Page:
- Secondly, in July 2012 the High Court determined in the Paiwan Wisdom that owners were not prevented from relying on a CONWARTIME Clause in a NYPE 93 even though there had been no increase in the risk of piracy since the charterparty was entered into. In that case owners refused orders to call at Mombasa. Charterers tried unsuccessfully to challenge the owners’ refusal by relying on a case from 1993, the Product Star, where the Court decided that owners were not entitled to refuse charterers’ orders because there had not been a material increase in risk since the charterparty was entered into. The Paiwan Wisdom decision provides useful clarification that the Product Star was a case which depended very much on a specific set of circumstances and did not impose a general requirement that owners must establish that there has been an increase in risk before they can rely on a war risks clause. The decision therefore removes one potential obstacle for owners wishing to rely on CONWARTIME and similar clauses but owners should still ensure that they have a specific piracy clause and also give careful consideration to areas listed in trading exclusions clauses.
A commentary on this decision by lawyers Holman Fenwick Willan can be found here.
Are charterparty clauses available which cover piracy?
- Intertanko published two clauses in December 2008, one for time charterparties and the other for voyage. In March 2009 BIMCO published a Piracy Clause for Time Charters. An amended version was published in November 2009, together with Clauses for Single Voyage Charters and for Consecutive Voyage Charters and COAs. Whether or not these clauses are appropriate must be assessed in the context of the charterparty as a whole. An important consideration is whether the charterparty includes CONWARTIME 2004 & VOYWAR 2004 or another Clause which deals with piracy. The Intertanko Clauses are useful precedents which can be used in cases where charterparty forms do not already cover piracy but they may need to be amended to suit the particular factors affecting each ship and voyage and to fit in with other terms.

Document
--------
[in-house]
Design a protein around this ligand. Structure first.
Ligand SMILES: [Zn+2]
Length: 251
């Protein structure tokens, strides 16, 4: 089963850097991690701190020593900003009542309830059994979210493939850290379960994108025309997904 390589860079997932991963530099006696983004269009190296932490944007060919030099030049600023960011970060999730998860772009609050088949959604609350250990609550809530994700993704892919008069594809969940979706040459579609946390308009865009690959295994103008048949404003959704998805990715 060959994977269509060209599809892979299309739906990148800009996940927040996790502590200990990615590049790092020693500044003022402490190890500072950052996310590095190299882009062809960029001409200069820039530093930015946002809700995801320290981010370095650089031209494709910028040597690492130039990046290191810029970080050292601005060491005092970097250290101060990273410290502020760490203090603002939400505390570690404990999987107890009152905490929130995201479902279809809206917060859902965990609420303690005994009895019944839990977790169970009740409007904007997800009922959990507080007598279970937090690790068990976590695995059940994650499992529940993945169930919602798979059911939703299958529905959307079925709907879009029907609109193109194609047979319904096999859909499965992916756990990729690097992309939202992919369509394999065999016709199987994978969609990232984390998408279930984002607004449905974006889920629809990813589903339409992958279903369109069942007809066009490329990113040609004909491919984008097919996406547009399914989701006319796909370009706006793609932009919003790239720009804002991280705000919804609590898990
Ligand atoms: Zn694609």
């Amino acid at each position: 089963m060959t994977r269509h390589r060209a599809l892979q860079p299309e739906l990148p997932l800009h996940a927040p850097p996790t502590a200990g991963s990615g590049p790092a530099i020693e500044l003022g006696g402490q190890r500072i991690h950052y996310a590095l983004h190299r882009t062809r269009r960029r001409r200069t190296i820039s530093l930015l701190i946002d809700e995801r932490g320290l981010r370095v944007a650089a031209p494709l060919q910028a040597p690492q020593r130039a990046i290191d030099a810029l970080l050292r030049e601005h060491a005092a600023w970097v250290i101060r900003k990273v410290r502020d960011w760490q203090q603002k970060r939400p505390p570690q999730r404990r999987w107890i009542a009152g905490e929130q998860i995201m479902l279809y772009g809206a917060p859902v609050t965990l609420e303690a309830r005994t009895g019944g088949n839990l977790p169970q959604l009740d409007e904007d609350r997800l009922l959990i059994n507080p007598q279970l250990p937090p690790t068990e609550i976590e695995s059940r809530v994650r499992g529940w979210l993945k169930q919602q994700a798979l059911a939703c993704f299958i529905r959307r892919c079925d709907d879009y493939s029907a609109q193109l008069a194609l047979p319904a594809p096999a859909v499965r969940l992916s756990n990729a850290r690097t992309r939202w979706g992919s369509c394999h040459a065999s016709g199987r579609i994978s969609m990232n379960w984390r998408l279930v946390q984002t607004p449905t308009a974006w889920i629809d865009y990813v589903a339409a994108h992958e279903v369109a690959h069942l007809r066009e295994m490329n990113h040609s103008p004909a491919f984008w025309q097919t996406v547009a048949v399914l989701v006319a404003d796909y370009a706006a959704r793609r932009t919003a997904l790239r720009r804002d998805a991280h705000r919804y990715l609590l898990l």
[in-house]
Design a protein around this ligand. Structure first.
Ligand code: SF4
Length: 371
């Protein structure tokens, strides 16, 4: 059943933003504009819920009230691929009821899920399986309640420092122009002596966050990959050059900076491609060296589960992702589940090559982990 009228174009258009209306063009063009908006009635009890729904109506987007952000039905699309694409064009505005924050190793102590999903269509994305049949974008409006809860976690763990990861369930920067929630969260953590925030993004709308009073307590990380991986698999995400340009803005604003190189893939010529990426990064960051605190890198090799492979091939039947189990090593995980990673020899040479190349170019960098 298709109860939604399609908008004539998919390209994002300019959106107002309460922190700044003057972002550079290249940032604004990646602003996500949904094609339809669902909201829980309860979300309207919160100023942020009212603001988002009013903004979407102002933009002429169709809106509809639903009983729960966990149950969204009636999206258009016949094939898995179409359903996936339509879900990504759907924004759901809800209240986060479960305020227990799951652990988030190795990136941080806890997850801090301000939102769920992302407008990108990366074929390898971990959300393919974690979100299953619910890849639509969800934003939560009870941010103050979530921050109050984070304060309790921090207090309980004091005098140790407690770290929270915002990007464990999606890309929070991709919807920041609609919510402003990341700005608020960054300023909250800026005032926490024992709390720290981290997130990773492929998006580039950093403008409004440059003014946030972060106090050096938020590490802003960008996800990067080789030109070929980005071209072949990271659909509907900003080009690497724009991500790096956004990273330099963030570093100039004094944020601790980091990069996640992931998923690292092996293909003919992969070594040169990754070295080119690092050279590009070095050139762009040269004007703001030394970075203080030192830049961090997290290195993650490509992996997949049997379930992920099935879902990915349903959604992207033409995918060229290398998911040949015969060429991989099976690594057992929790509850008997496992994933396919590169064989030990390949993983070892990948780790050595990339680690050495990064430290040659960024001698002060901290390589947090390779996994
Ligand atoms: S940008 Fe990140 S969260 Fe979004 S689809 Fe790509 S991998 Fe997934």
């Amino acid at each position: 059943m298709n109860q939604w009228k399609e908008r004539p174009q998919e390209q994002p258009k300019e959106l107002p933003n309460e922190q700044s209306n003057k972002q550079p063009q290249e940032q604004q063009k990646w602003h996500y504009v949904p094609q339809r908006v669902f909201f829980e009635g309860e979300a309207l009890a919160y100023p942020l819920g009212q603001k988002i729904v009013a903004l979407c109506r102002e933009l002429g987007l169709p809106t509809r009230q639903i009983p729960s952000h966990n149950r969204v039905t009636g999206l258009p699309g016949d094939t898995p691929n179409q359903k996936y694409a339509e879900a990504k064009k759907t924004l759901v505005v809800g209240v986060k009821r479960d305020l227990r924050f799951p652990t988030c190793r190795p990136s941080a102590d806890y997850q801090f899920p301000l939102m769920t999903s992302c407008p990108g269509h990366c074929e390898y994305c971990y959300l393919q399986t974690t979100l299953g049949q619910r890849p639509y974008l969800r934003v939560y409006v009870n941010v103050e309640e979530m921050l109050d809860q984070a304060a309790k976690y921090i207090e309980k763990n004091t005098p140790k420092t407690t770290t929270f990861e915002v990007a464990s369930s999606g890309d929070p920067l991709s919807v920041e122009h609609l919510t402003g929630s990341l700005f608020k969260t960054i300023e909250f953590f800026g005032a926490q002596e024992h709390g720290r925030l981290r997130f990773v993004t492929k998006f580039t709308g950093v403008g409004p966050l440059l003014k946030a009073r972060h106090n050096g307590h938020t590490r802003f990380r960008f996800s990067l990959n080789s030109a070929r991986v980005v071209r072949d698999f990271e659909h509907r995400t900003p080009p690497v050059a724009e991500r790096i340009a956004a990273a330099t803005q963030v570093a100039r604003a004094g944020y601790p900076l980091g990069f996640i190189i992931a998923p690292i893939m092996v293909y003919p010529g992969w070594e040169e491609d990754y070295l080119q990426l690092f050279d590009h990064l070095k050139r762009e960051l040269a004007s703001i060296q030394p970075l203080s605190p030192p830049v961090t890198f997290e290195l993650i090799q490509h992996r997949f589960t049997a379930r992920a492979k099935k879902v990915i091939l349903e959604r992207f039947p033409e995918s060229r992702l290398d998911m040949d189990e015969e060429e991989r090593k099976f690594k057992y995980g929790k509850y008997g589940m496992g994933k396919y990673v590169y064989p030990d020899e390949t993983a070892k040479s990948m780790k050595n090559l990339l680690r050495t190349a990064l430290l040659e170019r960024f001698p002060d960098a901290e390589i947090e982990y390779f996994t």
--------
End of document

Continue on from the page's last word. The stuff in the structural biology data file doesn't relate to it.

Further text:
The Clauses can be found here.
Who will have to pay additional insurance costs and bonus?
- These will have to be paid in the first instance by owners but the charterparty may allow the owners to recover from charterers.
Will hire continue to be payable under a charterparty for time lost due to taking precautions such as waiting for an escort or night navigation?
- This will depend on the wording of the off-hire clause in the charterparty but the answer will generally be yes. Charterers seeking to avoid payment of hire have the burden of bringing themselves within the scope of the off-hire clause and proving that an off-hire event has occurred.
If captured, will the vessel remain on hire?
- This will depend mainly on the wording of the off-hire clause but the answer is often yes.
This view was confirmed by a decision of the English Commercial Court in June 2010 in the “Saldanah” case when the Judge upheld the finding of an arbitration tribunal that charterers under a NYPE charterparty were not able to satisfy the burden of proof on them to bring themselves within the scope of the off-hire clause. The outcome may have been different if the clause had been amended to refer to “any other cause whatsoever” and the Judge pointed out that it would be a straightforward matter to amend the standard wording in order to place the vessel off-hire in the event of seizure by pirates. The case provides a useful clarification but it must be borne in mind that a differently worded off-hire clause may produce a different outcome.
This has been clearly illustrated in a second decision of the Commercial Court in March 2012 in the “Captain Stefanos” case, where the Court reached the opposite conclusion on the basis of the wording of an additional off-hire clause (in contrast to the Saldanah which depended on interpretation of Clause 15 of NYPE). Charterers were therefore able to place the vessel off-hire during the period of detention.
The BIMCO and INTERTANKO Piracy Clauses stipulate that the vessel shall remain on hire, although these are sometimes modified by reducing the rate of hire or adding a limit.in terms of time or amount.
The revised BIMCO Time Charter Clause published in November 2009 introduced a cap of 90 days' hire. This reflected the period for which owners were often covered by loss of hire insurance but it should be noted that vessels are commonly held for periods in excess of 90 days.
If captured, can the charterparty be terminated by frustration?
- Probably not, unless the charterparty is for a short period or single trip.